I work in Stuttgart, Germany not far north from the source of Europe's second longest (about 1800 miles long) and one of its most important commercial rivers, the Danube. I have often had business meetings on behalf of US European Command (EUCOM) along this river as it flows south and east from the vicinity of Stuttgart past cities such as Ulm, Vienna, Belgrade, before emptying into the Black Sea near Constanta, Romania. I'd like to tell you of one occasion when I visited the Danube city of Budapest to better appreciate a law enforcement academy that is based there.
I visited the International Law Enforcement Academy (ILEA), located on the Buda side of the Danube. I did so to better comprehend the current curriculum at ILEA and to discuss possible future collaborative training engagements. This was part of our ongoing J9 outreach efforts to meet with and understand the actions of other federal agencies, Departments, and organizations also operating in Europe and Eurasia.
Recently our Public-Private Cooperation coordinator and the J9-hosted Immigration and Customs Enforcement (ICE) and Department of Treasury representatives conducted a follow-up visit to ILEA. The ILEA Director, Penny Hoback (FBI Supervisory Special Agent) hosted. ILEA is an example of law enforcement interagency cooperation in action. ILEA Budapest (there are other ILEAs in Asia, South America and Africa) is staffed with two American accredited diplomats. The deputy director is a Diplomatic Security Service (US Dept of State) special agent and Dept of State funds most of the training there. The remainder of the staff consists of Hungarian ministry employees and sworn police officers. They leverage a lot of visiting instructors from the Drug Enforcement Administration (DEA), Alcohol Tobacco and Firearms (ATF), the Secret Service, as well as Interpol and UK, German and Swedish law enforcement officials.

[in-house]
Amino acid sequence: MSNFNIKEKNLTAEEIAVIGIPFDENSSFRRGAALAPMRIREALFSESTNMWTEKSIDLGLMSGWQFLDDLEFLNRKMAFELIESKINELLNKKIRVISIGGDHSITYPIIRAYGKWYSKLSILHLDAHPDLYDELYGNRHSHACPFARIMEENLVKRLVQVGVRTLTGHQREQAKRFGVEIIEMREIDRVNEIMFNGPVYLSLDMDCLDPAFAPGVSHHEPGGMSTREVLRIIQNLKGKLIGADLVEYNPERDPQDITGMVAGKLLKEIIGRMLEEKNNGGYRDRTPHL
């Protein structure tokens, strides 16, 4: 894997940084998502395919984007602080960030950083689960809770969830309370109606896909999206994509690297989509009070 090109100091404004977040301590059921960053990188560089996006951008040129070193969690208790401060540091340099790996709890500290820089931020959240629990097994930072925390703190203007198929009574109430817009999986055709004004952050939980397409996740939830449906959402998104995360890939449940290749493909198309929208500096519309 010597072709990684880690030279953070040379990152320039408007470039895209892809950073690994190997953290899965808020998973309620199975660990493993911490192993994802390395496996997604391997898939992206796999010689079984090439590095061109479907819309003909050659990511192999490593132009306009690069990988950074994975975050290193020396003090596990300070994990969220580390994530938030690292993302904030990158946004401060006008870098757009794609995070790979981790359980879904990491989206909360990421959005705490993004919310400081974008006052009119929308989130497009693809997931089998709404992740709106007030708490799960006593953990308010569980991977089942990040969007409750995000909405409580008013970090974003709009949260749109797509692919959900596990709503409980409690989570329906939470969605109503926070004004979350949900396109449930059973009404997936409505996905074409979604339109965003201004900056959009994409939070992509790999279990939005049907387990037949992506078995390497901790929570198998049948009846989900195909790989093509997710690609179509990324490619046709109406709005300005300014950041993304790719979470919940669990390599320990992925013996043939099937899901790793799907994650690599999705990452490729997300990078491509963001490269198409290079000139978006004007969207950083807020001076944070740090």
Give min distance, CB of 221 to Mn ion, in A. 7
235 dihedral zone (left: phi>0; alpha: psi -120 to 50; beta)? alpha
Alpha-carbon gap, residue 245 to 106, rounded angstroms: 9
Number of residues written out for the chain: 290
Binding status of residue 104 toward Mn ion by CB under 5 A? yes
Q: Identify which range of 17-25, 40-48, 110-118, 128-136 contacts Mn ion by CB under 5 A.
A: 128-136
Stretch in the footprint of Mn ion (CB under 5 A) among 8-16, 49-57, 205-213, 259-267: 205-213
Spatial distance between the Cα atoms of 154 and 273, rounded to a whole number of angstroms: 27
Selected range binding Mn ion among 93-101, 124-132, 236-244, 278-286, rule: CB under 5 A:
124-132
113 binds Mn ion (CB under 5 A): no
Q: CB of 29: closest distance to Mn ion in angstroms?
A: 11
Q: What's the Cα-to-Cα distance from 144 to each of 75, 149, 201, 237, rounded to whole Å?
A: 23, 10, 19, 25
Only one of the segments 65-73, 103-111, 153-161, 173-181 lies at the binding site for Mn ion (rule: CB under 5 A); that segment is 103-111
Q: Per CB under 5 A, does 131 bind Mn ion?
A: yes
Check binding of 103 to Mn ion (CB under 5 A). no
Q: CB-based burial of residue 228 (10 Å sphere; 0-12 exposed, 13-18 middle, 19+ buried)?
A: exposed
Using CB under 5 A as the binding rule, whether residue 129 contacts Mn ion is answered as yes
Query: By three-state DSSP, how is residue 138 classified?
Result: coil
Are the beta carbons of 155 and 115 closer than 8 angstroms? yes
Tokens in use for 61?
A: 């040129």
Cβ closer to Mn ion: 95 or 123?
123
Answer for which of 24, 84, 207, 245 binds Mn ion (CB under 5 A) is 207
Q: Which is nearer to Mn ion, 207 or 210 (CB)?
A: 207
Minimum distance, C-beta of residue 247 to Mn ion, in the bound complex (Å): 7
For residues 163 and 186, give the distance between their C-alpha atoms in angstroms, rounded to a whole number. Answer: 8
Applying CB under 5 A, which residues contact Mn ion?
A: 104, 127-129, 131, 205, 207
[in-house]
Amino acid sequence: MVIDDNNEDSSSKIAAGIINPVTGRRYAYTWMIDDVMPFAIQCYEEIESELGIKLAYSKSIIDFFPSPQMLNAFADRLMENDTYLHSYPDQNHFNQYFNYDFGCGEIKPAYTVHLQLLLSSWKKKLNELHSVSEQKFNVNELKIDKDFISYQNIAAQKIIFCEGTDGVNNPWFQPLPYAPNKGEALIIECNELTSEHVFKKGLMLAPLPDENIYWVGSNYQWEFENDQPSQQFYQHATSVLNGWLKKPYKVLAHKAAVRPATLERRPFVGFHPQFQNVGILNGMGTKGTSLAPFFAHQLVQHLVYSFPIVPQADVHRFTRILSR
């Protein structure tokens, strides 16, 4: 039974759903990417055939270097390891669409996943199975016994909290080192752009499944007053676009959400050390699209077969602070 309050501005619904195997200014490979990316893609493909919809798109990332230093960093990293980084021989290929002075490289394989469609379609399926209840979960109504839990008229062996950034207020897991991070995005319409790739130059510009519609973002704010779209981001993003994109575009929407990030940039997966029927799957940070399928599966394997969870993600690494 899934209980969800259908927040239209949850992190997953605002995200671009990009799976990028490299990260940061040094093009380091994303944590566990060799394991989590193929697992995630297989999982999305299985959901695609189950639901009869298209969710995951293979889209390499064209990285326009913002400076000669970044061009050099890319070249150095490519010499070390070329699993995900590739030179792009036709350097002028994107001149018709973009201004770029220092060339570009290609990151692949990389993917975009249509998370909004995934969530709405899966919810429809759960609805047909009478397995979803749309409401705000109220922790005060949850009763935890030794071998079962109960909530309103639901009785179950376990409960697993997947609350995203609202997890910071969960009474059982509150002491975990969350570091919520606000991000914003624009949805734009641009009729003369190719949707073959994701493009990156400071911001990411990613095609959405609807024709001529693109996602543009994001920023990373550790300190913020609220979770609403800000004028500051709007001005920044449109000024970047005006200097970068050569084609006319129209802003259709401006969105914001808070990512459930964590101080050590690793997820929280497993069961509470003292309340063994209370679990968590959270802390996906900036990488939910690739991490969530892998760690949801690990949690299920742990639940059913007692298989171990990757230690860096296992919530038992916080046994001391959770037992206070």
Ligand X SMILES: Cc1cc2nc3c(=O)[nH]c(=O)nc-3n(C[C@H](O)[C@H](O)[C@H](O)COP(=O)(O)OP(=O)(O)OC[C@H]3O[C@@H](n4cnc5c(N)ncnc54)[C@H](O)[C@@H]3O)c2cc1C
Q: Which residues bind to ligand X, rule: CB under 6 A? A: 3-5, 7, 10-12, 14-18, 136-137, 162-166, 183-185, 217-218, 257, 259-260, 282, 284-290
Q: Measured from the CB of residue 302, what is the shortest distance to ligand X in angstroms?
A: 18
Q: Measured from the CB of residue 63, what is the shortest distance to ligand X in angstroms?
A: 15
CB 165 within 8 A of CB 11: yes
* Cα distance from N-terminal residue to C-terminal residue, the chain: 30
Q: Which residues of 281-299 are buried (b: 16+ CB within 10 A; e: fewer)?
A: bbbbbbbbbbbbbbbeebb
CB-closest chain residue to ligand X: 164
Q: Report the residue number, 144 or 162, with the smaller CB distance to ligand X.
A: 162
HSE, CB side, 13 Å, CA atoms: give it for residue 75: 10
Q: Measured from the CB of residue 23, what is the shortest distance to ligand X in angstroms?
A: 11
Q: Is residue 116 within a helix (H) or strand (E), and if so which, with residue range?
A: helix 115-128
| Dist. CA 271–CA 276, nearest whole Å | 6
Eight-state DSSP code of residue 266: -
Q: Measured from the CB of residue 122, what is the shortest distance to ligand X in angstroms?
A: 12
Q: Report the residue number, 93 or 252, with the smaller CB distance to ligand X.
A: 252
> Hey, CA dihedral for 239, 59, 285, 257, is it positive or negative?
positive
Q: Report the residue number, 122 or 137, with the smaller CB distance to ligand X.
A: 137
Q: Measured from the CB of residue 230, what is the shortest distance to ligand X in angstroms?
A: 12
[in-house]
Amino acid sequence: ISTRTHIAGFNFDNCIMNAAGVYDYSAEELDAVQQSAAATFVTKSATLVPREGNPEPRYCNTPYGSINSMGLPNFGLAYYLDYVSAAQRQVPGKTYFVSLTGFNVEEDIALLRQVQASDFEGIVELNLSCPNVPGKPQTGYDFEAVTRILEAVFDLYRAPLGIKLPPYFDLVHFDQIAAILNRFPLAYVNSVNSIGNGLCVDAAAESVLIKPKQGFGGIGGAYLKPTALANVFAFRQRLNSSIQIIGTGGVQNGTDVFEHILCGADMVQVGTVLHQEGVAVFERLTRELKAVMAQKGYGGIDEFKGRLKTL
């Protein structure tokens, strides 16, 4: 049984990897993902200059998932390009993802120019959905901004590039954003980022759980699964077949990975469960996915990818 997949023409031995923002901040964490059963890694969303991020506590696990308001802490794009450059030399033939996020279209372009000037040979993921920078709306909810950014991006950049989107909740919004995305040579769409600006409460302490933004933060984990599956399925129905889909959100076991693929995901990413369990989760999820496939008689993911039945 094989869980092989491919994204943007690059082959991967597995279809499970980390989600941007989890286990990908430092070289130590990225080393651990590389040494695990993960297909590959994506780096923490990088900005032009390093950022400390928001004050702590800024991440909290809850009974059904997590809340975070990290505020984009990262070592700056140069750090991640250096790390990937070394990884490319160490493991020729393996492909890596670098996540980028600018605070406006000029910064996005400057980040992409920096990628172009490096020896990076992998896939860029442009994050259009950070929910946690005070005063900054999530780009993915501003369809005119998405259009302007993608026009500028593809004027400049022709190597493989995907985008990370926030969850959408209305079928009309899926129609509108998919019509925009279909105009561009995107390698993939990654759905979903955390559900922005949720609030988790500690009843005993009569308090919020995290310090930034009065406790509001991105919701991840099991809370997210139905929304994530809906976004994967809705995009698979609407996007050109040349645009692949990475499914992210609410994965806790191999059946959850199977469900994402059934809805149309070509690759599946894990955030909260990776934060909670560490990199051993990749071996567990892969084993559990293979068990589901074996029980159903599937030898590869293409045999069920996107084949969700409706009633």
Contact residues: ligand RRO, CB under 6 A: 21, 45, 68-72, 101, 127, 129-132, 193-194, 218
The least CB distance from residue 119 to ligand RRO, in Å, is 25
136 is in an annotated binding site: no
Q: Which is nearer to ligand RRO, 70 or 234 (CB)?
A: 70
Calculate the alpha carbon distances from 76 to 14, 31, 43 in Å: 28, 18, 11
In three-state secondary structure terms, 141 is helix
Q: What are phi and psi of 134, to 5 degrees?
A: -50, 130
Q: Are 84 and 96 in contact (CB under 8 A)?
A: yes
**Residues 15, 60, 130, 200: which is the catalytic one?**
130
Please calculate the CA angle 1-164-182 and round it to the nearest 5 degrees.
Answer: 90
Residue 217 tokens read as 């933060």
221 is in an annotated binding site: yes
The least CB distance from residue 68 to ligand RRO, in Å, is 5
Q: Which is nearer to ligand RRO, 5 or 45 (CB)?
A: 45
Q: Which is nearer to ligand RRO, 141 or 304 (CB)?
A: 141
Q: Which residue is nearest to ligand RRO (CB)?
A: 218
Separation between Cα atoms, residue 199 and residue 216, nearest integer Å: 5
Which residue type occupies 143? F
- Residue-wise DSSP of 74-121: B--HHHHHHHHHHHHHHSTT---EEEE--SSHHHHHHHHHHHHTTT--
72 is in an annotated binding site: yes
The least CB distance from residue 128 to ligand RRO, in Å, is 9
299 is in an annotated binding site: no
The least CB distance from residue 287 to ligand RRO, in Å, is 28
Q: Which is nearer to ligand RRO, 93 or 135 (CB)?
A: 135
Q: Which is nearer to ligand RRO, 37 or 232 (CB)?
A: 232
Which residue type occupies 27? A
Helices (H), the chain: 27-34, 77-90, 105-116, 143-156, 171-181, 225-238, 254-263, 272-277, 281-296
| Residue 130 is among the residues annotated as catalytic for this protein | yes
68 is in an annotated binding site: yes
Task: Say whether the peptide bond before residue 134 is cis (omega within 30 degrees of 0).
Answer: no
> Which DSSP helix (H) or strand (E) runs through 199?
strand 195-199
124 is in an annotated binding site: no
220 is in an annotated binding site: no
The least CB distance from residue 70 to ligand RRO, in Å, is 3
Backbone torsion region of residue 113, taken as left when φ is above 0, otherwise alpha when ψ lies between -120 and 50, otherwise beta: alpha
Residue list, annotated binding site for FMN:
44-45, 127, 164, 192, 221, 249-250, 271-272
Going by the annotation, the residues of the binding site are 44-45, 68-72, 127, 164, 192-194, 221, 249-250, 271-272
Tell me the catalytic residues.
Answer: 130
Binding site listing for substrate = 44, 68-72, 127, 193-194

Ms Holback and our visiting EUCOM-hosted interagency partners were enthusiastic about the potential for greater law enforcement collaboration. This is encouraging because this is a classic "building partner capacity" institution. ILEA, EUCOM, and our hosted law enforcement interagency partners all focus on enhancing the partner capacities and capabilities of eastern European and Eurasian states.
The ILEA was founded in 1995 when the US and Hungarian governments cooperated to create a center to do law enforcement training. The Academy offers training classes for up to 130 law enforcement officers at a time and its courses touch on a number of topics also of interest to EUCOM; combating transnational terrorism, money laundering, and trafficking. Since its inception it has trained more than 12,000 law enforcement officials, among them Russian FSB agents, customs and border guards.
Just as the Danube flows thru 19 European countries, making it Europe's most "international river" and compelling upstream and downstream nations to cooperate, so too does today's threat and resource-constrained environment require greater interagency cooperation among defense, diplomatic and law enforcement agencies, like between "upstream" EUCOM and "downstream" ILEA.
I would be interested in hearing your examples of ongoing military-law enforcement collaboration here in Europe and your opinions of the value of doing such.